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Extent of app development possible with HTML/CSS/Javascript

    General discussion

  • Hi, I am new to Windows 8.1 app programming. I was browsing through the different books available, and I found there are two approaches, one is through C# and YAML (I guess kind of like what Apple offers through Objective C, Cocoa and Interface Builder), and another though HTML/CSS/Javascript.

    Is there any advantage that one approach offers over the other? For example, are there stuff which can be done though C# and YAML that is not possible though HTML/Javascript alone, maybe some APIs are not exposed or something? Or is it that whatever can done through C# can be done though HTML/Javascript as well?

    Thursday, July 17, 2014 8:00 PM

All replies

  • There are a few narrow differences, but for the most part anything that can be done via one UI can be done via the other. In almost all cases the right choice is the one that you are most familiar with.

    Regardless of if your UI is HTML or Xaml you can write and call into Windows Runtime Components written in .Net or C++ for lower level support.

    --Rob

    Thursday, July 17, 2014 8:31 PM
    Moderator
  • So the Javascript (I guess it is a custom JS for Windows 8.1 development, not exactly same as the Javascript we use for web development) exposes APIs to access pretty much everything, like access to file system, startup and shutdown, activity of user on the desktop, etc?
    Thursday, July 17, 2014 8:36 PM
  • No, it's standard HTML5 and JavaScript.

    The WinJS library includes controls to match the Windows Store design language. While this is designed for Windows Store apps it is cross-platform and open source and can be used in browsers and other devices.

    JavaScript apps can also use the same Windows Runtime classes that .Net and C++ apps can use for platform specific access. Windows Store apps run in a sandbox and do not have full access to the system. They can access app-specific parts of the file system but require user consent for elsewhere. They cannot directly interact with system startup, shutdown, desktop activity, etc. This is the same regardless of language.

    I strongly recommend going through the Get started section of the Windows Dev Center to learn about what Windows Store apps are, what they can do, and how to build them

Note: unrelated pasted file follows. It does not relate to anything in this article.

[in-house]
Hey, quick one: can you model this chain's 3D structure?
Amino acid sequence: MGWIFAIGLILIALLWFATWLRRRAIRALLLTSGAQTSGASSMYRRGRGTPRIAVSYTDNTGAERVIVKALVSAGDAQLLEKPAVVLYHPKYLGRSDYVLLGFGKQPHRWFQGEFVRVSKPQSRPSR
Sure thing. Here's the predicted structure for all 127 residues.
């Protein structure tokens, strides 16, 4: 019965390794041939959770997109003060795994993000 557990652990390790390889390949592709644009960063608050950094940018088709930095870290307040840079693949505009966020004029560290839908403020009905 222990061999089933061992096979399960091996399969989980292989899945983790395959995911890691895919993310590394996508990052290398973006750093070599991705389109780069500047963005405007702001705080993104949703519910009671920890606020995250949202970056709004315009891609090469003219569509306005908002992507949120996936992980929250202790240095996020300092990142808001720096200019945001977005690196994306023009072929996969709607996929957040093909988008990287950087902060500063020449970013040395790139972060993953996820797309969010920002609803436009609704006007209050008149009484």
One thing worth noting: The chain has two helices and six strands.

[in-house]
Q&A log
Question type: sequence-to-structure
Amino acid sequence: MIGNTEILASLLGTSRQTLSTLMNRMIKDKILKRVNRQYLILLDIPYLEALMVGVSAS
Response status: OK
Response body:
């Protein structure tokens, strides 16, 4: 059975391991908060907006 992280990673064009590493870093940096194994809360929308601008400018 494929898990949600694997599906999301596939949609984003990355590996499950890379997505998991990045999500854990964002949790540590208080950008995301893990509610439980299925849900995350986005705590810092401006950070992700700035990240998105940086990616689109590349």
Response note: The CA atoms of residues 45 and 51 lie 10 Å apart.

--Rob

    Thursday, July 17, 2014 9:22 PM
    Moderator
  • Thanks. Will do. But if apps don't have access to everything, how would one write an app like BetterTouchTool for Windows? In case you don't know, it's an app for Mac which customizes keyboard shortcuts as well as touchpad shortcuts for the user, so they can do virtually everything, from opening new tab in a browser to closing the active window, from creating a new file to logging out, everything, from the trackpad alone. If the Windows 8.1 apps don't have full access to everything, how does one write such an app?
    Thursday, July 17, 2014 9:43 PM
  • That would be written as a desktop app rather than as a Windows Store app.

    --Rob

    Thursday, July 17, 2014 9:59 PM
    Moderator
  • I thought they are the same, I mean, desktop apps that one sells on the App Store are called Windows Store Apps. Can you explain the difference?
    Monday, July 21, 2014 9:12 PM
  • Windows Store Apps are built using the WinRT and run in a sandboxed environment. Desktop Apps are the same applications that Windows has run since Win95 an use the Win32-APIs. On Windows RT tablets you are limited to Store Apps only.

    In general Apps built on top of WinRT are prohibited from interfering with the operation of other Apps or the System itself.

    Windows Store Apps do run on Desktop Windows PCs as well but they are still limited to the feature set exposed through the WinRT APIs.

    Tuesday, July 22, 2014 10:46 AM
  • So what would I need to know to make most fully functioning desktop apps like the one I mentioned? C# and .Net will suffice?
    Tuesday, July 22, 2014 9:57 PM
  • This forum is specifically about Windows Store apps.

    For help with desktop apps please ask in the desktop app forums or in the forums for the specific technology you want to use. For a system control application like you describe you'll probably need to write it in C++ rather than in managed code. The touchpad shortcuts may need to be a driver.

    --Rob

    Tuesday, July 22, 2014 10:08 PM
    Moderator
  • Thanks.
    Wednesday, July 23, 2014 4:28 PM